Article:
September 20, 2017
It’s autumn, which means there’s a feeling that cold weather is on its way. A small comfort in the changing weather is that it offers some opportunities for winter math activities.
This delightful book emphasizes several Big Ideas in geometry, as well it provides an opportunity to explore diverse cultures and people.
Children with strong spatial reasoning skills are more likely to succeed in STEM fields later on in life.
A student organizes rocks into different groups based on their unique characteristics.
A kindergarten student organizes a collection of rocks into unique sets. Simple questions can result in explorations in core math concepts such as grouping. In this case, some very unusual groups are created.
Geocaching is an activity that uses the GPS technology on your mobile device to allow for some real-life treasure hunting. It can mathematize otherwise ordinary situations, as it allows children to interact with real-world maps.
A child creates groups out of a collection of rocks.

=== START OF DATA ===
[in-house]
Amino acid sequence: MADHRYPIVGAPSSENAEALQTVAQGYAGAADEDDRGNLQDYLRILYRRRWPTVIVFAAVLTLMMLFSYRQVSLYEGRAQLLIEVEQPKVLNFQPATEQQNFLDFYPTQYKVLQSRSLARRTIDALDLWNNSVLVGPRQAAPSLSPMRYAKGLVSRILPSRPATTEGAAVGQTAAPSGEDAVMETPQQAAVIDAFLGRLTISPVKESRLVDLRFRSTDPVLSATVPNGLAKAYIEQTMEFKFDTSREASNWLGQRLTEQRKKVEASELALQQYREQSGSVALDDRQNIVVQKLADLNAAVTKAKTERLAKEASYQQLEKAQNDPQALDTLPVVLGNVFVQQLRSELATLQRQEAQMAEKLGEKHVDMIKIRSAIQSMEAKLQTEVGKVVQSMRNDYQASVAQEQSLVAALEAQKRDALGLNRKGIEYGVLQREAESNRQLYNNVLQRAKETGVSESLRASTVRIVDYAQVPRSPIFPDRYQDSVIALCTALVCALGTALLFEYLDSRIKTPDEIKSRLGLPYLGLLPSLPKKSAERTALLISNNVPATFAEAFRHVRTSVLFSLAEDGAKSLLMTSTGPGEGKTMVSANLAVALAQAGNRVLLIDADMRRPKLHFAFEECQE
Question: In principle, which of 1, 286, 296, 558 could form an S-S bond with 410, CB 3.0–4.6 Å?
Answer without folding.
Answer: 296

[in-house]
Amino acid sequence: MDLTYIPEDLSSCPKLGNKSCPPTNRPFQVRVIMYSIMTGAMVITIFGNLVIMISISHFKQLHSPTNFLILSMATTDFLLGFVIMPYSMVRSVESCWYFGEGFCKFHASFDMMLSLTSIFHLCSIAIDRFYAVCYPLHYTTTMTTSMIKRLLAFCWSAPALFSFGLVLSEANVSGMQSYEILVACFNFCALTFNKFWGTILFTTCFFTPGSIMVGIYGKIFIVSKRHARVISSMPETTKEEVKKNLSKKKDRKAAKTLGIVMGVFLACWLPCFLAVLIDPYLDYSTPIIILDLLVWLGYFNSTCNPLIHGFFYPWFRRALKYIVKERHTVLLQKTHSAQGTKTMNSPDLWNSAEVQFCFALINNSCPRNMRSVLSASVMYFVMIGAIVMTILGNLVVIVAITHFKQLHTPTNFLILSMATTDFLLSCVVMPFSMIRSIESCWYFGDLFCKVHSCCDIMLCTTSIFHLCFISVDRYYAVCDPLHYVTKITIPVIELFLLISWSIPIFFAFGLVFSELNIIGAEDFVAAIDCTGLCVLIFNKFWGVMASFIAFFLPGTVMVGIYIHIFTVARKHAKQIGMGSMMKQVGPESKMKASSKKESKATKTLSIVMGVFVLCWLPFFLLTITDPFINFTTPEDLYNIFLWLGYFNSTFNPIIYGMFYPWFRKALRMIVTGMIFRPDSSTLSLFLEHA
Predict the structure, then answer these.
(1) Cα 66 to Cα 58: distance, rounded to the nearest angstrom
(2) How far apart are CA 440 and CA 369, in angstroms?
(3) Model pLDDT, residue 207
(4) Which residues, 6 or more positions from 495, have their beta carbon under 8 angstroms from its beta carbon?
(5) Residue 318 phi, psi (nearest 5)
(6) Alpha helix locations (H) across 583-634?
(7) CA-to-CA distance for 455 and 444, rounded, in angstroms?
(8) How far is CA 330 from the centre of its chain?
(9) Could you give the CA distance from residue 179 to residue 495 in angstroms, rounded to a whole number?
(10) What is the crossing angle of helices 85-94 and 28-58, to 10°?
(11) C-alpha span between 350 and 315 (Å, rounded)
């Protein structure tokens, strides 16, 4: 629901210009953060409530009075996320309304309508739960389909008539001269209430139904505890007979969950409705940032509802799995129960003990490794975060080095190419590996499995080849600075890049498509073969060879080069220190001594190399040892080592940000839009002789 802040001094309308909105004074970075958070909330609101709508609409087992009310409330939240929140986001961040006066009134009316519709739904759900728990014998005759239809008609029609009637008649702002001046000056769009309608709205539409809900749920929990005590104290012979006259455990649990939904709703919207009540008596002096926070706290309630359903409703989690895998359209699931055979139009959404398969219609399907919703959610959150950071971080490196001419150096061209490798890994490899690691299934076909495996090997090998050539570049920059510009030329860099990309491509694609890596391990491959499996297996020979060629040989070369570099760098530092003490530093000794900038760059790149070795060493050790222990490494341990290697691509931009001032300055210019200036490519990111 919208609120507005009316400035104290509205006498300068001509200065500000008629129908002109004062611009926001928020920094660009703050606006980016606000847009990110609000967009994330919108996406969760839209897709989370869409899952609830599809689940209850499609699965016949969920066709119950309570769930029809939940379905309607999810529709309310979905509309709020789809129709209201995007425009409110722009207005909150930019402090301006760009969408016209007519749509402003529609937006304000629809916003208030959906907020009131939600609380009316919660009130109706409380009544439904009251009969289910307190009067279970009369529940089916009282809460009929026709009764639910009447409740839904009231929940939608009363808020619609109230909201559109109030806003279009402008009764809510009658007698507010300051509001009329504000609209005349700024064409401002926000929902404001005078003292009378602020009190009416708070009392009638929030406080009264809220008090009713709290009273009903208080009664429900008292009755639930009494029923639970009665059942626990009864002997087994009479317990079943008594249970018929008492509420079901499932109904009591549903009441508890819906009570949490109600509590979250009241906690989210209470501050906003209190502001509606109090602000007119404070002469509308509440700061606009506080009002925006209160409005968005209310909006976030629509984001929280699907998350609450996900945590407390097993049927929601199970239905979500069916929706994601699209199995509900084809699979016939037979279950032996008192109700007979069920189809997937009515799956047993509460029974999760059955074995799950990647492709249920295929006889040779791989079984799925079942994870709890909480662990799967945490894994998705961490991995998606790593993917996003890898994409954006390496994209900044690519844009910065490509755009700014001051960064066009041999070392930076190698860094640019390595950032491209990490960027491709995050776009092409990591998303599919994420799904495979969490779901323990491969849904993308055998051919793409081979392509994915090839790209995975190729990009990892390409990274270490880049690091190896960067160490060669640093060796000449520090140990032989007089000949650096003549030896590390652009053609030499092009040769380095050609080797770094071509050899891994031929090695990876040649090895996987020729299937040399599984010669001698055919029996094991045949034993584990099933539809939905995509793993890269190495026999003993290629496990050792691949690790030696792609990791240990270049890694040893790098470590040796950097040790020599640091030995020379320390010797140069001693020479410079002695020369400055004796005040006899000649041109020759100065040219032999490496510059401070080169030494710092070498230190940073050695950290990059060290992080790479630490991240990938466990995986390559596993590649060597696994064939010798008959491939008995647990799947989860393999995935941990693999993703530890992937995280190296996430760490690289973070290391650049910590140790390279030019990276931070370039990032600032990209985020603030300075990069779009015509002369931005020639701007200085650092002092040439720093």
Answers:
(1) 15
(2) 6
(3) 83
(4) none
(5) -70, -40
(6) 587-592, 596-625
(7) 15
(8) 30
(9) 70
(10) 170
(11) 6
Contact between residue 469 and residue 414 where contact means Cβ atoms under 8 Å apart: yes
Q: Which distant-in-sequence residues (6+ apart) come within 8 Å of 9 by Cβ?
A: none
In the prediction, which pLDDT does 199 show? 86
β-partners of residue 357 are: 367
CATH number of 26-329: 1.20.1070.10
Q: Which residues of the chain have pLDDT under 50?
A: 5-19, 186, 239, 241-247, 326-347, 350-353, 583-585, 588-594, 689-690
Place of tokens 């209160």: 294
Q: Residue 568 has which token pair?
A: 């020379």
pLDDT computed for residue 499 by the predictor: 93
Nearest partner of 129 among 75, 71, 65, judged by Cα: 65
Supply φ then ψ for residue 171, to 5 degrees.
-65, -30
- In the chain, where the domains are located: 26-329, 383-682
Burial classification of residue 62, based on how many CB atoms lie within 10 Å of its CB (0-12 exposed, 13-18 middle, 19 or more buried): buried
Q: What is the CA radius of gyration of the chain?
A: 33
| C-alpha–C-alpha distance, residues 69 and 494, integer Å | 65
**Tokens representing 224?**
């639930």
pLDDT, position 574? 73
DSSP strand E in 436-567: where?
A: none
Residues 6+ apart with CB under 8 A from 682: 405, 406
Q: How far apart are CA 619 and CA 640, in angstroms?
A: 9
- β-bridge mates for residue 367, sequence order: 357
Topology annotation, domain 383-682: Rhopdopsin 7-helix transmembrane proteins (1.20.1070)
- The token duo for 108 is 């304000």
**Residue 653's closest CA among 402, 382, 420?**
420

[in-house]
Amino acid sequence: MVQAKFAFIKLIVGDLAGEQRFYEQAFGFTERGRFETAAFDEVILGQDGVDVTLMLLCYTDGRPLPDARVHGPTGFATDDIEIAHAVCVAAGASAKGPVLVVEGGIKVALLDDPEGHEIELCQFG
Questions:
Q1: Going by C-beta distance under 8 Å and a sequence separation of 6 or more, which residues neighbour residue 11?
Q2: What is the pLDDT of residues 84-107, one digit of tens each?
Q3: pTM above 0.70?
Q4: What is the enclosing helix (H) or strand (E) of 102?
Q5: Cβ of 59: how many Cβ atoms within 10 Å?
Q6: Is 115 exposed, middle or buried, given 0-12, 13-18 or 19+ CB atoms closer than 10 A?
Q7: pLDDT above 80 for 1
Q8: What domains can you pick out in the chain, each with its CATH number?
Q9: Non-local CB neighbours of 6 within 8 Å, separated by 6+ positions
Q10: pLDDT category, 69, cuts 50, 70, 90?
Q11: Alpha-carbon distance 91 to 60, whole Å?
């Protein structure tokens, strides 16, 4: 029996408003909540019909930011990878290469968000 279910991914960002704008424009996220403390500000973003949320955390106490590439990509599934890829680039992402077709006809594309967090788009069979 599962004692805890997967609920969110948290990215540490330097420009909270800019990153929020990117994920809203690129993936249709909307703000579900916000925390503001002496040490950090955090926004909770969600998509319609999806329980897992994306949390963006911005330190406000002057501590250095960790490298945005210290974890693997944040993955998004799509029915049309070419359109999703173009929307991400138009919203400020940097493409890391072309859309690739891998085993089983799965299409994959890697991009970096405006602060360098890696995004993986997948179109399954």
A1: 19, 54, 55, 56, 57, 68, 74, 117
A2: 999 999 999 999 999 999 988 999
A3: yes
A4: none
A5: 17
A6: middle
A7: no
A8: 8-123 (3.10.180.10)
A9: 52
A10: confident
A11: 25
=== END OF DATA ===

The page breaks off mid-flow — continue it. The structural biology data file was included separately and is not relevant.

The Biggest Pumpkin Ever by Steven Kroll and A Pig is Big by Douglas Florian are two children's story books that present opportunities for children to explore the mathematical concept of measurement, particularly the Big Idea that all measurement involves a "fair" comparison.
After reading Anno’s Counting Book, Nancy Beza at Waters Elementary encouraged her preschoolers to make a list of objects that could be found in a winter scene—snowflakes, trees, etc. Each student created an object from the list to display on a bulletin board.
As a little boy adds more and more trimmings to a snowman on each page, children can chant along and experience the growing pattern: “4 prickly pinecones, 3 striped scarves, 2 bright blue mittens, and a red cap with a gold snap.